(c) "Urban area" means an urban place, as that term is defined by the United States Department of Commerce, of 2,500 or more persons.
(a) The department may implement a program in urban forestry to encourage better tree management and planting in urban areas, to assist the cities in seeking innovative solutions to problems such as tree maintenance and vandalism, to encourage demonstration projects to maximize the benefits of urban forests, and to otherwise accomplish the purposes of this chapter.
The department shall assume the primary responsibility in carrying out the intent of this chapter in cooperation with other private and public entities or persons and appropriate local, state, and federal agencies such as the Cooperative Extension, the Department of Parks and Recreation, the Department of Transportation, resource conservation districts, and the United States Forest Service.
(b) The department shall be the agent of the state and shall have full power to cooperate with those agencies of the federal government which have powers and duties concerning urban forestry, and shall perform all things necessary to secure for this state the benefits of federal urban forestry programs.
To facilitate implementation of this chapter, the director may enter into agreements and contracts with any public or private organization including local agencies having forestry-related jurisdictional responsibilities and established and operating urban forestry programs. The director shall consult with those agencies when carrying out this chapter in their respective areas.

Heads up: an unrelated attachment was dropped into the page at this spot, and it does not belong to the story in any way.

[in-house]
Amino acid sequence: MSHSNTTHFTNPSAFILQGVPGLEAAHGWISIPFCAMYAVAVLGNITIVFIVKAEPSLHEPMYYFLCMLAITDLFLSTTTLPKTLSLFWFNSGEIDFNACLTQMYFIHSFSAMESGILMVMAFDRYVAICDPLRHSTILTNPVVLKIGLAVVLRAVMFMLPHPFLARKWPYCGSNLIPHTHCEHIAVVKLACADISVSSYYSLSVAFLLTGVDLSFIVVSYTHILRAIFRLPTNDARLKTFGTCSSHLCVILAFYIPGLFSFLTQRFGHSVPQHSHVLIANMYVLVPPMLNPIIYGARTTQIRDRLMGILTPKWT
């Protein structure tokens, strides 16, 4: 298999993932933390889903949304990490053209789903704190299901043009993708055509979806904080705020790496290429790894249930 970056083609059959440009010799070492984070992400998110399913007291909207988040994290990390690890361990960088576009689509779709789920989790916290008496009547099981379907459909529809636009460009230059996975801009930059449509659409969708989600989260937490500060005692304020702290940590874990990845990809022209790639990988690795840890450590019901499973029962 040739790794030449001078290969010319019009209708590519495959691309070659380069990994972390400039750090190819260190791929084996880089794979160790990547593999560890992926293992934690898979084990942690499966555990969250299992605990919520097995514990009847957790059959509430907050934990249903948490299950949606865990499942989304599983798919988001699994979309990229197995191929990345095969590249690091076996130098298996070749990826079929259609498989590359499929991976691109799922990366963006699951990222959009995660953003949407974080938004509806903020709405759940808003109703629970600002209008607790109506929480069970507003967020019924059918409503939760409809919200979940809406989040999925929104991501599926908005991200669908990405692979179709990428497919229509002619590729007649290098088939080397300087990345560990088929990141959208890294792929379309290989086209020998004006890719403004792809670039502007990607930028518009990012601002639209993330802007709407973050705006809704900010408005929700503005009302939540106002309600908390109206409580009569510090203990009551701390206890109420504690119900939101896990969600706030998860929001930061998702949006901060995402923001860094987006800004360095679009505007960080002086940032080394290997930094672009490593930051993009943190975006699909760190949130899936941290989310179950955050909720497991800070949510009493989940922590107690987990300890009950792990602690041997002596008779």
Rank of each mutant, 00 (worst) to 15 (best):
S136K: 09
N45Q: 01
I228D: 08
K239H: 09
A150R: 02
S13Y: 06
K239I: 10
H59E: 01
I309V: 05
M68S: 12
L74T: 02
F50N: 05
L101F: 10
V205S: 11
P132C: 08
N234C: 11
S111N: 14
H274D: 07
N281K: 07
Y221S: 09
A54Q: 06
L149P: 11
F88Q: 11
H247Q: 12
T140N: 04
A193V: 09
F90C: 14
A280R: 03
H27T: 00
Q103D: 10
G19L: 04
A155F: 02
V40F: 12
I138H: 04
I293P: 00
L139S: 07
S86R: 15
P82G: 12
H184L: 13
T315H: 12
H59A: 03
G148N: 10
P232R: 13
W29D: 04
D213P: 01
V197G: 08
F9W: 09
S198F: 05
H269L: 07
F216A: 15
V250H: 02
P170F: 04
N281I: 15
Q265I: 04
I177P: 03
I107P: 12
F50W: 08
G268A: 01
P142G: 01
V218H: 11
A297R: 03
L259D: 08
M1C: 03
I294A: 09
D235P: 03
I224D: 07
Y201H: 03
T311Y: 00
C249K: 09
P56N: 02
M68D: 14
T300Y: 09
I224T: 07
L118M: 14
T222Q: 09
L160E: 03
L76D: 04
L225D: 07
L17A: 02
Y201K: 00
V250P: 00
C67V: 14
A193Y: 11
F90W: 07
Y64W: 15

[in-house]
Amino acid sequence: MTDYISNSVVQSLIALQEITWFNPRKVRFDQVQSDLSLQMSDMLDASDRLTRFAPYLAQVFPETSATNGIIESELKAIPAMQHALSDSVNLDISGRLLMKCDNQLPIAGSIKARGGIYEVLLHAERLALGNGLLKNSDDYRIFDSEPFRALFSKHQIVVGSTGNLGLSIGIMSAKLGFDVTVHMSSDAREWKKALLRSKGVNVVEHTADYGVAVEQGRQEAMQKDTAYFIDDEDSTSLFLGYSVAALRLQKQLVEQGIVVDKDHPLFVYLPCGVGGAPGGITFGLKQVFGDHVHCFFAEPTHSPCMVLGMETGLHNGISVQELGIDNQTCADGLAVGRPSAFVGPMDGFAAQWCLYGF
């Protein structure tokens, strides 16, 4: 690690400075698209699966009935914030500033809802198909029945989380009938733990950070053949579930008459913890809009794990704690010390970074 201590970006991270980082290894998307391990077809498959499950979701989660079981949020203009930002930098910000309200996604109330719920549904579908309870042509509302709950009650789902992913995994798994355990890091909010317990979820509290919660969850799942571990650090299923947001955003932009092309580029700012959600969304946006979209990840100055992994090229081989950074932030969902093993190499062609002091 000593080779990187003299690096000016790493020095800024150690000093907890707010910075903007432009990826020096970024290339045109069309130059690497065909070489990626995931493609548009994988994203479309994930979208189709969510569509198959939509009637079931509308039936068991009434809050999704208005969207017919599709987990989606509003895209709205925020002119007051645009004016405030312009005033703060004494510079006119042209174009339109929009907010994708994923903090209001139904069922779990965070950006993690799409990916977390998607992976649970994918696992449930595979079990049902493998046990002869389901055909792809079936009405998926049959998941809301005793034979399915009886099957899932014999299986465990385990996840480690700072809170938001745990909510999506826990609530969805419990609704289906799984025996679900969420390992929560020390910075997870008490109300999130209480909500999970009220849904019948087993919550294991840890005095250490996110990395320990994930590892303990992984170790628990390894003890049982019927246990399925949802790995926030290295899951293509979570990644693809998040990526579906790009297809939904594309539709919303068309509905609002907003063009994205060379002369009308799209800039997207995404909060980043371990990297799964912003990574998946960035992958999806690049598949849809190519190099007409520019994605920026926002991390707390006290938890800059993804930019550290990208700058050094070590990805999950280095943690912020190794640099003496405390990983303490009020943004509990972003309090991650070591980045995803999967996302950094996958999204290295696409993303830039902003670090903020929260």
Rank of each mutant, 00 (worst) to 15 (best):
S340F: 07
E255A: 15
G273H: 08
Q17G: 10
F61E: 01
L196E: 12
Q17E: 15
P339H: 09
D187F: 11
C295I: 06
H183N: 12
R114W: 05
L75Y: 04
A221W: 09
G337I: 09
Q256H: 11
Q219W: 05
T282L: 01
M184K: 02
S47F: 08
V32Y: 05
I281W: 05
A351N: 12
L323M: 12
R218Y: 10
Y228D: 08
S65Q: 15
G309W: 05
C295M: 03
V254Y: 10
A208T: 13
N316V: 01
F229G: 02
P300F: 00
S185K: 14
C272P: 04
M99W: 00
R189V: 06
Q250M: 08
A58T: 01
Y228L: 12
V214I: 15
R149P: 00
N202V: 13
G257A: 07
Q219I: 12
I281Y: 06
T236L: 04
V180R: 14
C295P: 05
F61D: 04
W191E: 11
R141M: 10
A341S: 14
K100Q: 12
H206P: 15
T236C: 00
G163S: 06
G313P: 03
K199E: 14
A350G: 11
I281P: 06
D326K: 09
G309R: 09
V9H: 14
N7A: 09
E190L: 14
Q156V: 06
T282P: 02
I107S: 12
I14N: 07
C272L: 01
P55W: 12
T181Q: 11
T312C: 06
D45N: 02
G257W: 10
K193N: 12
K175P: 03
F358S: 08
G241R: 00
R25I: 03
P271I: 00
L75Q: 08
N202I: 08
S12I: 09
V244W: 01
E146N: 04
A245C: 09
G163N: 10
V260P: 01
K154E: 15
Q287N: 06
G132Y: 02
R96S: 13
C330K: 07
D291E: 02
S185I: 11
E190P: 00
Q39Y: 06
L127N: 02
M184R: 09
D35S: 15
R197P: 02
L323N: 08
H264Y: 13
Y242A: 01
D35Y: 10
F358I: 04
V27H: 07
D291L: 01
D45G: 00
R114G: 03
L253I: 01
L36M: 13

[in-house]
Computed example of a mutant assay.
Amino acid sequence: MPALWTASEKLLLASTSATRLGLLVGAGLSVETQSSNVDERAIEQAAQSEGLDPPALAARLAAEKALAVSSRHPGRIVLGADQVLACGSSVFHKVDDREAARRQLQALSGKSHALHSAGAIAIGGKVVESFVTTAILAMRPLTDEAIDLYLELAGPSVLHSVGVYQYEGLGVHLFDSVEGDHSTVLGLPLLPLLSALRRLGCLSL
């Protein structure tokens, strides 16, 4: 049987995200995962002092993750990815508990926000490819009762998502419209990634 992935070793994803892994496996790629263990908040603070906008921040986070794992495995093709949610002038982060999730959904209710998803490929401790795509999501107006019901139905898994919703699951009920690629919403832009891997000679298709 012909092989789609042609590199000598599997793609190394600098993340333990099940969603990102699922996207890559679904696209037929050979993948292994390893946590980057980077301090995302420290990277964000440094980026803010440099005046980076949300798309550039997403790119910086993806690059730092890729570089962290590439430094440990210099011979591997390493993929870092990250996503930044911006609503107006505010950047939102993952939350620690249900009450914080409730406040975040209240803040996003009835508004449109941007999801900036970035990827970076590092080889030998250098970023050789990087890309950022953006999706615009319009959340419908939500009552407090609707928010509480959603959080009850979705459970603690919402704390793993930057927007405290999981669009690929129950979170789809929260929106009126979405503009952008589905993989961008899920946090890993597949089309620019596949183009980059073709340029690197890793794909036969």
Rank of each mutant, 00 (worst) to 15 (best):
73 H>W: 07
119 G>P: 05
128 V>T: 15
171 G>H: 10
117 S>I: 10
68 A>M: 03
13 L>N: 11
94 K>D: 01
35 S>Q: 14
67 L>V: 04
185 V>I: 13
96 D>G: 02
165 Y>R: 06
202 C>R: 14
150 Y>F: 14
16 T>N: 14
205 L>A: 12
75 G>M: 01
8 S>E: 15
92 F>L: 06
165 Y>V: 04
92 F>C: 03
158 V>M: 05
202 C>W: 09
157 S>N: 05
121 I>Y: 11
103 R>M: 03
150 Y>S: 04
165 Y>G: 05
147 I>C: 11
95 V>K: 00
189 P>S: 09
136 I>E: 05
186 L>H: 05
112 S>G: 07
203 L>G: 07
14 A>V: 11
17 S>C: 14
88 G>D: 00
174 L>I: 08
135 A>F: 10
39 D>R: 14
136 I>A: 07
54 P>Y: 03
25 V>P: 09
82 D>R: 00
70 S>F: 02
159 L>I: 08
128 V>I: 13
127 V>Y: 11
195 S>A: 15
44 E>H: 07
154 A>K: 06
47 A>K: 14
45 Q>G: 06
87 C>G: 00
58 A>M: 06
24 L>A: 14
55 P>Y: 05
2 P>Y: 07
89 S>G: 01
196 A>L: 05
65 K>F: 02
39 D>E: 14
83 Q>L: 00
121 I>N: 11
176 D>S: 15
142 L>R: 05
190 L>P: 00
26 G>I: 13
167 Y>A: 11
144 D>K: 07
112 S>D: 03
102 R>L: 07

(c) The director shall take all steps necessary to prevent or retard the introduction, establishment, and spread of the Dutch elm disease including the detection and removal of infected and high-hazard elm trees.
(d) The director may enter into agreements with any local agency to prevent or retard the introduction, establishment, and spread of the eucalyptus longhorn borer and pine pitch canker, including the detection and removal of infected and high-hazard eucalyptus and pine trees. The agreements shall assure that the department will not need additional funds to participate in the program.
(e) The department and the Department of Food and Agriculture shall cooperate in setting quarantine boundary lines and in enforcing the provisions relating to quarantine and pest abatement contained in Division 4 (commencing with Section 5001) of the Food and Agricultural Code when a quarantine is established with regard to the Dutch elm disease.